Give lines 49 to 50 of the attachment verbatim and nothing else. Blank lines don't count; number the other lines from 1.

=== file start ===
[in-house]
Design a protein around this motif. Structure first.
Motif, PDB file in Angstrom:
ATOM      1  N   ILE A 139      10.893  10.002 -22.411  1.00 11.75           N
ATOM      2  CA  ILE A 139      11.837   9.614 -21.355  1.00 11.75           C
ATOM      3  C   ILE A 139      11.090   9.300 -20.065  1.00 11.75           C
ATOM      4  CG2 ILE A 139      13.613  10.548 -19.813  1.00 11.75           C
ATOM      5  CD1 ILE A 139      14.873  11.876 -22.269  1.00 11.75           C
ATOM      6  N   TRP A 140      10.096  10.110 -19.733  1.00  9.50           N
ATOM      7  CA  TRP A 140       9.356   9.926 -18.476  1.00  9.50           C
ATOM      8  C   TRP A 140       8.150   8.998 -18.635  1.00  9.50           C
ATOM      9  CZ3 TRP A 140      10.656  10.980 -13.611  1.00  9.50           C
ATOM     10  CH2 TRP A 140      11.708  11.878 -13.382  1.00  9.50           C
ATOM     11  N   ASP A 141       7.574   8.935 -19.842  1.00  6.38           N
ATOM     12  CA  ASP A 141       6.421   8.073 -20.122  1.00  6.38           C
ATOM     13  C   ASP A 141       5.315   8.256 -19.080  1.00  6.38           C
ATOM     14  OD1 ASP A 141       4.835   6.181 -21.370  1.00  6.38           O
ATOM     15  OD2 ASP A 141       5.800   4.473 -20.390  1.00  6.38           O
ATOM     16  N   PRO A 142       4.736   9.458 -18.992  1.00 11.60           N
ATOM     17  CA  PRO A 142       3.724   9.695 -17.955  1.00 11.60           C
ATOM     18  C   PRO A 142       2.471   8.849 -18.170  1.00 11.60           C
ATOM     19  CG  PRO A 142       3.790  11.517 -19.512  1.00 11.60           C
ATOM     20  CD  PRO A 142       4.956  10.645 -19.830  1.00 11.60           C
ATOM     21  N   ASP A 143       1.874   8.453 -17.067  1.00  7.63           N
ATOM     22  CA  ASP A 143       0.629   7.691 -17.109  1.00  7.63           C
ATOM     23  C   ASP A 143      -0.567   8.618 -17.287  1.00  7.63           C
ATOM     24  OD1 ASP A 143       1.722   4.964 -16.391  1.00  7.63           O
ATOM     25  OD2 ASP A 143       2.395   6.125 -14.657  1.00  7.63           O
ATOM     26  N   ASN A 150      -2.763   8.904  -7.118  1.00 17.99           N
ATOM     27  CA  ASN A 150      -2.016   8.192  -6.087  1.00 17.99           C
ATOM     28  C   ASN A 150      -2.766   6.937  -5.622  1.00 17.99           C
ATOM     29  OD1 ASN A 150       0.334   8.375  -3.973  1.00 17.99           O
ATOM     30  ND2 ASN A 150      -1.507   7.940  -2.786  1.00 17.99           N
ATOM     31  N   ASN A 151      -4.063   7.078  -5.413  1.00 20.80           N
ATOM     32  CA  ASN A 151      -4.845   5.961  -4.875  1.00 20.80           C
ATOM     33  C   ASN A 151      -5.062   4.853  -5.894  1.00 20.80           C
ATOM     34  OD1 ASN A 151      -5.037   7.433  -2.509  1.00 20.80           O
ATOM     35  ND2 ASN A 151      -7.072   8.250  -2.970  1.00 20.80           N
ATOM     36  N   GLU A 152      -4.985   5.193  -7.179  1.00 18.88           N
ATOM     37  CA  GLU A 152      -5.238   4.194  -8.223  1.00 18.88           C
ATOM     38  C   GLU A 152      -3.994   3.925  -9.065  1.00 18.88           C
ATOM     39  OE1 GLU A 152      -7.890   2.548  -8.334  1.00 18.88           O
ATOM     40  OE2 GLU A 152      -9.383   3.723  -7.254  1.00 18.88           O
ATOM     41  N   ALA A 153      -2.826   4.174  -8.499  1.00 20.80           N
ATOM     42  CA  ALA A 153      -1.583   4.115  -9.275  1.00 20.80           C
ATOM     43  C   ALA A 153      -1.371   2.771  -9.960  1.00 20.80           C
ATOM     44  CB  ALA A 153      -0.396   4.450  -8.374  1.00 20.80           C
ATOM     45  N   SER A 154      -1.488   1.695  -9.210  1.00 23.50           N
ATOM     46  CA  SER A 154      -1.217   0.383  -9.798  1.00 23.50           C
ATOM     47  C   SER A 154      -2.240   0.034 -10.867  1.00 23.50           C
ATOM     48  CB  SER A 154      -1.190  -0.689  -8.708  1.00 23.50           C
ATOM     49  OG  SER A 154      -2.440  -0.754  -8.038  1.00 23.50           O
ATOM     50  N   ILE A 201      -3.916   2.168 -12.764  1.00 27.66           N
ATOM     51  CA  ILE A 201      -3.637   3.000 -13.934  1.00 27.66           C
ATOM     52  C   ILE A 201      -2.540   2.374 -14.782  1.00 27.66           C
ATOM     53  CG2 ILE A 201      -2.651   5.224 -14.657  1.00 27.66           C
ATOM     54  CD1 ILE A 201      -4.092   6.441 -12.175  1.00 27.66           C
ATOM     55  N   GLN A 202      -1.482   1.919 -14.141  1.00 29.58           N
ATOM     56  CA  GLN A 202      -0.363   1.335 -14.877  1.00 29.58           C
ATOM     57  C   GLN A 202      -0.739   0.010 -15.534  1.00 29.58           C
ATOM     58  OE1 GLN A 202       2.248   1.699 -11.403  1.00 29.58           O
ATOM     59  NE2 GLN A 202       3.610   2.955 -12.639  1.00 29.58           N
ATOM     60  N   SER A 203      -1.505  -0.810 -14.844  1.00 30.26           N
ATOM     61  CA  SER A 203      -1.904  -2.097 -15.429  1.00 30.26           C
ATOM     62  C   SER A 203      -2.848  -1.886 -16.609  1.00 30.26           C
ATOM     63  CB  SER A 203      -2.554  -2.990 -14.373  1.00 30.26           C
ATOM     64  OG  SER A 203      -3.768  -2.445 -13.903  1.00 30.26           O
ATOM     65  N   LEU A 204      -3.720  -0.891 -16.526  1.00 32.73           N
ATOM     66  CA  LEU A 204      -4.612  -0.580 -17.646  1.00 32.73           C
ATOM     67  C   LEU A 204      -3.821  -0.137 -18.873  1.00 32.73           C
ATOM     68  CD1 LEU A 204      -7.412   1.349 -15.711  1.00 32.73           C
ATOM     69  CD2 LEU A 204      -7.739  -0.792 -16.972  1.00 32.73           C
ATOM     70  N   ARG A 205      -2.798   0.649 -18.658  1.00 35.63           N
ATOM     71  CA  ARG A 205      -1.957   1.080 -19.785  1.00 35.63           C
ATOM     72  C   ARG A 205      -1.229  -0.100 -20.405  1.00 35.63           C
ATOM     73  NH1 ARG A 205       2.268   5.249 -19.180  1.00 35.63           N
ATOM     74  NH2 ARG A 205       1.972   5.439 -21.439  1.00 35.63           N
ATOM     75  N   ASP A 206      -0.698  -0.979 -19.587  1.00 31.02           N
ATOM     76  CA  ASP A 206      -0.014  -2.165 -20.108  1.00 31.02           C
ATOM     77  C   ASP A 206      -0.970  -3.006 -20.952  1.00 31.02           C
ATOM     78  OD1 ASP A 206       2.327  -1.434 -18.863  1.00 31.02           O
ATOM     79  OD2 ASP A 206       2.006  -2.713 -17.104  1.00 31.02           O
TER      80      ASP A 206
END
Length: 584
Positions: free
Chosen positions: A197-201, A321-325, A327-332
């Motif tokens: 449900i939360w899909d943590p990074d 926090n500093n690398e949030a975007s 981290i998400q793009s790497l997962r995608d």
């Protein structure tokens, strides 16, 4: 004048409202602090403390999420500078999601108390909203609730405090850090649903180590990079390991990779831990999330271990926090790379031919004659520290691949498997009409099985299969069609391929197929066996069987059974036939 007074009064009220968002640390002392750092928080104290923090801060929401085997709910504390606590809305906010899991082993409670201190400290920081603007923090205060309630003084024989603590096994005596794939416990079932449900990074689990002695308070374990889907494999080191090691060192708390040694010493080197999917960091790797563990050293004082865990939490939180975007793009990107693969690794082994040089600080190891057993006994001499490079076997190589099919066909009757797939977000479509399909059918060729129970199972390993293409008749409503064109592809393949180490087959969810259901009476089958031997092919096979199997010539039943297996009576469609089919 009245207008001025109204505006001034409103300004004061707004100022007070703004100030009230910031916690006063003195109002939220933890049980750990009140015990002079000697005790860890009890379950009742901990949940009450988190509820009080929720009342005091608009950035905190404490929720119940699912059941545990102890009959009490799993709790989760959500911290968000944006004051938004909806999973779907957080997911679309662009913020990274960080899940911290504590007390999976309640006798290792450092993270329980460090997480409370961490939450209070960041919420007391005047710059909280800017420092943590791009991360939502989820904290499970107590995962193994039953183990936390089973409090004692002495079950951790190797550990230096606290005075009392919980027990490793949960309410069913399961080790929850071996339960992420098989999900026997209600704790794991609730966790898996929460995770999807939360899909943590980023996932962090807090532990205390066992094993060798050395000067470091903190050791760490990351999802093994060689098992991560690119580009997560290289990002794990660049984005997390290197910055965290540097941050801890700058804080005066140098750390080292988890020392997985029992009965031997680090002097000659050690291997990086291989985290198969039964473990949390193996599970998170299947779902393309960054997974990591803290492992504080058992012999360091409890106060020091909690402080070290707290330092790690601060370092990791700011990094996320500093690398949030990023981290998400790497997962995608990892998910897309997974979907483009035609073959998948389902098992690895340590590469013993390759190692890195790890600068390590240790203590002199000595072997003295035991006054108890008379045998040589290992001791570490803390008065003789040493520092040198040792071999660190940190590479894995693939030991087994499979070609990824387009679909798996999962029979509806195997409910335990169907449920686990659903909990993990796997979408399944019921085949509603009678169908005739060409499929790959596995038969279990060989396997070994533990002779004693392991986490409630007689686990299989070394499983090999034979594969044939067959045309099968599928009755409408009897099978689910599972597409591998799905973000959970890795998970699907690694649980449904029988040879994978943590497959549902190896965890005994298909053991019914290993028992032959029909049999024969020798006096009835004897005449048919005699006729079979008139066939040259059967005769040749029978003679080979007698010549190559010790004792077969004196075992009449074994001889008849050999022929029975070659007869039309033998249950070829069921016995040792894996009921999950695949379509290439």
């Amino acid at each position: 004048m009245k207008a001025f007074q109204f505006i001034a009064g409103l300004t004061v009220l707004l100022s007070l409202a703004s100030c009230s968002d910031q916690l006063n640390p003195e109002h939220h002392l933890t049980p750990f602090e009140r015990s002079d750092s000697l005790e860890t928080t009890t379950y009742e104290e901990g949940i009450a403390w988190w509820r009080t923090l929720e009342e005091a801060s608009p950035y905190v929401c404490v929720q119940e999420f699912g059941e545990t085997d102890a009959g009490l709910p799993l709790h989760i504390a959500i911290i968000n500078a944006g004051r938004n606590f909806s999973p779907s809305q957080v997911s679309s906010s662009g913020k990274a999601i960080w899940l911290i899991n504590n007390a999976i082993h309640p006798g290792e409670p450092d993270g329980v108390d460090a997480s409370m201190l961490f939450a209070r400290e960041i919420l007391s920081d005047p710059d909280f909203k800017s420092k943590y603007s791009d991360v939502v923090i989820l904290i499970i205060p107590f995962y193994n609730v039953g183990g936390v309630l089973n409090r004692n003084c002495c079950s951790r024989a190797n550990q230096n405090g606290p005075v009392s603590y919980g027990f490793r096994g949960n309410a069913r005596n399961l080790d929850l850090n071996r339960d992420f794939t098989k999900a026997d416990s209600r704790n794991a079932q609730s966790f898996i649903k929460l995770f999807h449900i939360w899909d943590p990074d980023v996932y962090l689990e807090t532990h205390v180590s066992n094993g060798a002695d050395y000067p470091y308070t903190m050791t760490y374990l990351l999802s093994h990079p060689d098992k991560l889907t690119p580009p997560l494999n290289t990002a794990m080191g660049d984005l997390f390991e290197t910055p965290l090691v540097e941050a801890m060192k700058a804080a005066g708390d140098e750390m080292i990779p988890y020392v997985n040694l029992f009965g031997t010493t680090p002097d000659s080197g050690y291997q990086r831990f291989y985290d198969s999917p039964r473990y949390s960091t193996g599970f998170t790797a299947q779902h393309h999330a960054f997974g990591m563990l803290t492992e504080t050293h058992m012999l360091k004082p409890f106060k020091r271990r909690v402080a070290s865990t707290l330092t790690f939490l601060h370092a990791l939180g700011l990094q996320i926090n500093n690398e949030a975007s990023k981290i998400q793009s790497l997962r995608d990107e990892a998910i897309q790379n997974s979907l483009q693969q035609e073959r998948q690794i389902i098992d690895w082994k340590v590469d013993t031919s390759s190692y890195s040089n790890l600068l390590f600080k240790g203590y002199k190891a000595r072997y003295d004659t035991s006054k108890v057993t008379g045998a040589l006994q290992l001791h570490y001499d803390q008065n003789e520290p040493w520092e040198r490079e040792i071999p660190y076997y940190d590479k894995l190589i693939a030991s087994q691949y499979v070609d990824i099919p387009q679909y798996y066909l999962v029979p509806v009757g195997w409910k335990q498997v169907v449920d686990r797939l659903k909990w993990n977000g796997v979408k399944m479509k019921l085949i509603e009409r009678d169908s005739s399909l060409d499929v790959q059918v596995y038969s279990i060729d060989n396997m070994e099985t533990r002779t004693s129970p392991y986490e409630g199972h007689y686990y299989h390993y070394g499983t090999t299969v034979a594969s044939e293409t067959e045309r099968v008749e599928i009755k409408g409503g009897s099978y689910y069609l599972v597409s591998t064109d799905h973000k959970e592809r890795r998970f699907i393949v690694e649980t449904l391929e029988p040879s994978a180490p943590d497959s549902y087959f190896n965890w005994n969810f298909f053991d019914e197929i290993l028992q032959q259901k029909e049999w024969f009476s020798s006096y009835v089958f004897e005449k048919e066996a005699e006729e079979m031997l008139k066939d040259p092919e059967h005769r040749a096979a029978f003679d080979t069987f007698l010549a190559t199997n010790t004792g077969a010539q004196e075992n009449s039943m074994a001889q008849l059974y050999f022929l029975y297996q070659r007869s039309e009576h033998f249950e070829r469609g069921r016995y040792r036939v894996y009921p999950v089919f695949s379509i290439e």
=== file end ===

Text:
ATOM     46  CA  SER A 154      -1.217   0.383  -9.798  1.00 23.50           C
ATOM     47  C   SER A 154      -2.240   0.034 -10.867  1.00 23.50           C